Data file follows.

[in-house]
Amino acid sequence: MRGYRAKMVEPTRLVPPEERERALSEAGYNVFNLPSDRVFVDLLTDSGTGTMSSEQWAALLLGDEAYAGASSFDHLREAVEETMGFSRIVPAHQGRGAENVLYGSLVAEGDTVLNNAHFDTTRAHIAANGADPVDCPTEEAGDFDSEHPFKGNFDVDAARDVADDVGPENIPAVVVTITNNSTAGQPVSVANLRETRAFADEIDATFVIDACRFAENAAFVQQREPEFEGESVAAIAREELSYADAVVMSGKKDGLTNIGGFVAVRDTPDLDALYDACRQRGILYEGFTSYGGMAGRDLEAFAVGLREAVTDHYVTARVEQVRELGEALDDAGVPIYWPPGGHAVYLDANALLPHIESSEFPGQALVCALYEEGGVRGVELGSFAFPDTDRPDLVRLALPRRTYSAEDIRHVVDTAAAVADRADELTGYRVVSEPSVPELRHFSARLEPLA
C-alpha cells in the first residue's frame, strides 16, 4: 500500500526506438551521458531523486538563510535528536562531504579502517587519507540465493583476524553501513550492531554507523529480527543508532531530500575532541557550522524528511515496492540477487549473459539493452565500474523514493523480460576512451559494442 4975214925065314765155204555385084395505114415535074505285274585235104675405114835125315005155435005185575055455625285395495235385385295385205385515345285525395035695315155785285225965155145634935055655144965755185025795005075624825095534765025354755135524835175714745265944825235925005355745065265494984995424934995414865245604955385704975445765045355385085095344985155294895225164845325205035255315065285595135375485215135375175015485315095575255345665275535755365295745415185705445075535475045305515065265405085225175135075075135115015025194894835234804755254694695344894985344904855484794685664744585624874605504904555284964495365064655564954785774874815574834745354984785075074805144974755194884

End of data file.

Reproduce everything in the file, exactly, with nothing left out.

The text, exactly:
[in-house]
Amino acid sequence: MRGYRAKMVEPTRLVPPEERERALSEAGYNVFNLPSDRVFVDLLTDSGTGTMSSEQWAALLLGDEAYAGASSFDHLREAVEETMGFSRIVPAHQGRGAENVLYGSLVAEGDTVLNNAHFDTTRAHIAANGADPVDCPTEEAGDFDSEHPFKGNFDVDAARDVADDVGPENIPAVVVTITNNSTAGQPVSVANLRETRAFADEIDATFVIDACRFAENAAFVQQREPEFEGESVAAIAREELSYADAVVMSGKKDGLTNIGGFVAVRDTPDLDALYDACRQRGILYEGFTSYGGMAGRDLEAFAVGLREAVTDHYVTARVEQVRELGEALDDAGVPIYWPPGGHAVYLDANALLPHIESSEFPGQALVCALYEEGGVRGVELGSFAFPDTDRPDLVRLALPRRTYSAEDIRHVVDTAAAVADRADELTGYRVVSEPSVPELRHFSARLEPLA
C-alpha cells in the first residue's frame, strides 16, 4: 500500500526506438551521458531523486538563510535528536562531504579502517587519507540465493583476524553501513550492531554507523529480527543508532531530500575532541557550522524528511515496492540477487549473459539493452565500474523514493523480460576512451559494442 4975214925065314765155204555385084395505114415535074505285274585235104675405114835125315005155435005185575055455625285395495235385385295385205385515345285525395035695315155785285225965155145634935055655144965755185025795005075624825095534765025354755135524835175714745265944825235925005355745065265494984995424934995414865245604955385704975445765045355385085095344985155294895225164845325205035255315065285595135375485215135375175015485315095575255345665275535755365295745415185705445075535475045305515065265405085225175135075075135115015025194894835234804755254694695344894985344904855484794685664744585624874605504904555284964495365064655564954785774874815574834745354984785075074805144974755194884